The title might look like it’s technical, since usually when I’m talking about Reputation = 1, I’m talking about querying the Stack Overflow database.
This post isn’t about that Reputation, it’s about your Reputation, and hopefully how you choose to protect it while you exist, and after you not exist.
This also isn’t a horn-tooting post. If you think I am horn-tooting, refer back to this sentence. There is, likewise, no high-horsing here. There are no horses, high or otherwise.
I try to teach people things here. This is just another thing.
Hazy Shade Of Writer
Late last year I agreed to write a book. It came to my attention after the fact that the publisher had recently released a work by someone who, several years ago, was found to have exhibited a pattern of untoward behavior with female members of the SQL Server community. I brought this up, and they were dismissive of my concerns on the matter.
I’m stopping short of adding any further details, because I don’t want anyone who has experienced trauma from this to experience more. Quite the opposite.
After that interaction, I withdrew from the project. There are plenty of ways for me to help people learn about SQL Server that don’t make profits for companies that turn a blind eye to that sort of behavior.
Continuing would have meant I turn a blind eye to it, and that’s not how I want to be known by anyone, especially people who are far more likely to be victimized than I am. I’m your friend, too.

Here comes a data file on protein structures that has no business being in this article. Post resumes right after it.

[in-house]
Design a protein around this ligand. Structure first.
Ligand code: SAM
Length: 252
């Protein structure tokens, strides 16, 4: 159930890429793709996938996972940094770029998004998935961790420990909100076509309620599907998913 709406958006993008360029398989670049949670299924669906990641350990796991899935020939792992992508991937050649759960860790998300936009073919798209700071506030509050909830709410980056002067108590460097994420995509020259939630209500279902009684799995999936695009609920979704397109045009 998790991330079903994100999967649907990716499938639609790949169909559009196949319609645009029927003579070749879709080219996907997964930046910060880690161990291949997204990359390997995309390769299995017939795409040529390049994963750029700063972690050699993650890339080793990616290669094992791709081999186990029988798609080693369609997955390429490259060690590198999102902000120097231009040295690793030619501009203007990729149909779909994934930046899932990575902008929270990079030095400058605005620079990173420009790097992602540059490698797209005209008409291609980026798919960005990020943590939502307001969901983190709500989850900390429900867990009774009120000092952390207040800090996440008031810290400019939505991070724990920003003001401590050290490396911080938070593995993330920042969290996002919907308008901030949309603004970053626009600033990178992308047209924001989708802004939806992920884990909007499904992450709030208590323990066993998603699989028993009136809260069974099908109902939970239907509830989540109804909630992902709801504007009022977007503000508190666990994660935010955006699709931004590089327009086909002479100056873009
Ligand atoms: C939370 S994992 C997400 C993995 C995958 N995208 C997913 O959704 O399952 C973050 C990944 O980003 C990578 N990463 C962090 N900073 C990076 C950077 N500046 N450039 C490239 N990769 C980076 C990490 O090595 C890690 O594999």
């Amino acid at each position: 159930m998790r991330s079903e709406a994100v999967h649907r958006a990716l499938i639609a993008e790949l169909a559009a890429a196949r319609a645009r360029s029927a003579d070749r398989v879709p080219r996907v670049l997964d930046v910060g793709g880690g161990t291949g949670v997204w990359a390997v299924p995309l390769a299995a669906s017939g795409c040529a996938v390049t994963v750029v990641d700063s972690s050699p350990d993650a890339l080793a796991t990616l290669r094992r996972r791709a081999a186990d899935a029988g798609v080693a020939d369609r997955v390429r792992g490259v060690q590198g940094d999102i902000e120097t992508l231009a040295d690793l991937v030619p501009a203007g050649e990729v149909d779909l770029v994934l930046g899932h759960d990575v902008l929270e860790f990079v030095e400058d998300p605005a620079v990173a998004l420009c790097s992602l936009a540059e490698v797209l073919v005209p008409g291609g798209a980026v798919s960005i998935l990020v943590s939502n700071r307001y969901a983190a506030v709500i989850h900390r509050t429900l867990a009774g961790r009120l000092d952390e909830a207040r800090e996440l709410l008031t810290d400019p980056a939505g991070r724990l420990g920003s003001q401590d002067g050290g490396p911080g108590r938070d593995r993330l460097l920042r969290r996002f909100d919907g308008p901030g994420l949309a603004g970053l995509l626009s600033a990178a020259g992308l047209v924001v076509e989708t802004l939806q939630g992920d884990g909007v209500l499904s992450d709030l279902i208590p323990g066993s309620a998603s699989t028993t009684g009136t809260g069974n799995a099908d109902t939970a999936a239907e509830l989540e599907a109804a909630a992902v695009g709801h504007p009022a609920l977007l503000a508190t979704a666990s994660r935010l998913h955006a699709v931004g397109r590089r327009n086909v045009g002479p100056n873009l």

I’m not pretending that I have the strongest morals and ethics, or that I’m a paragon of virtue, but continuing with the project just didn’t sit right with me.
After all, from where I sit in my office, I can hear my two daughters playing.
Something in between.
They’ll figure it out.
It’s easy to build a bad reputation, quickly or slowly. Anyone can do it. It’s hard to build and keep a good reputation.
When choosing who to be involved with, it’s important to consider who they’re involved with. I don’t mean that you have to blacklist people who you disagree with (that can be a dangerous personal precedent to set), but do think carefully about the kind of behavior you’re not okay with.
If you see that behavior, you’ve probably found someone you don’t want to associate with. If you see someone condoning that behavior, you’ve probably found two.
Redemption needs to exist, otherwise there would be no point in trying to learn and change. I’ve learned some tough lessons in life and changed because of them. Many people I know have, too. It’s generally a good thing, lest we all remain babbling and unwashed.
Not that that’s a bad way to spend Saturday night, but I digress.
People also need to be able to make mistakes and come back from them. There are good ways to do that: taking ownership, apologizing, etc. I’d never give sincerity the cold shoulder.
This doesn’t just go for when it’s easy to make the right choice. One reason there is no horn nor horse for me here is that it was a very easy decision to make.
But that does make it an easy lesson to teach, hopefully. Even if no one ever said a word about the entanglement, I would have felt wrong about it. If you don’t have a good reputation with yourself, you probably won’t have one with other people.
When you hit those moments in your life, and in your career, follow your instincts. I realize that it’s hard when a project promises some esteem, or monetary gain when monetary gains are scarce, but in the long run it’s worth it.
The least regret is no regret.
Or regerts, as a wise tattoo artist once inscribed.
Thanks for reading!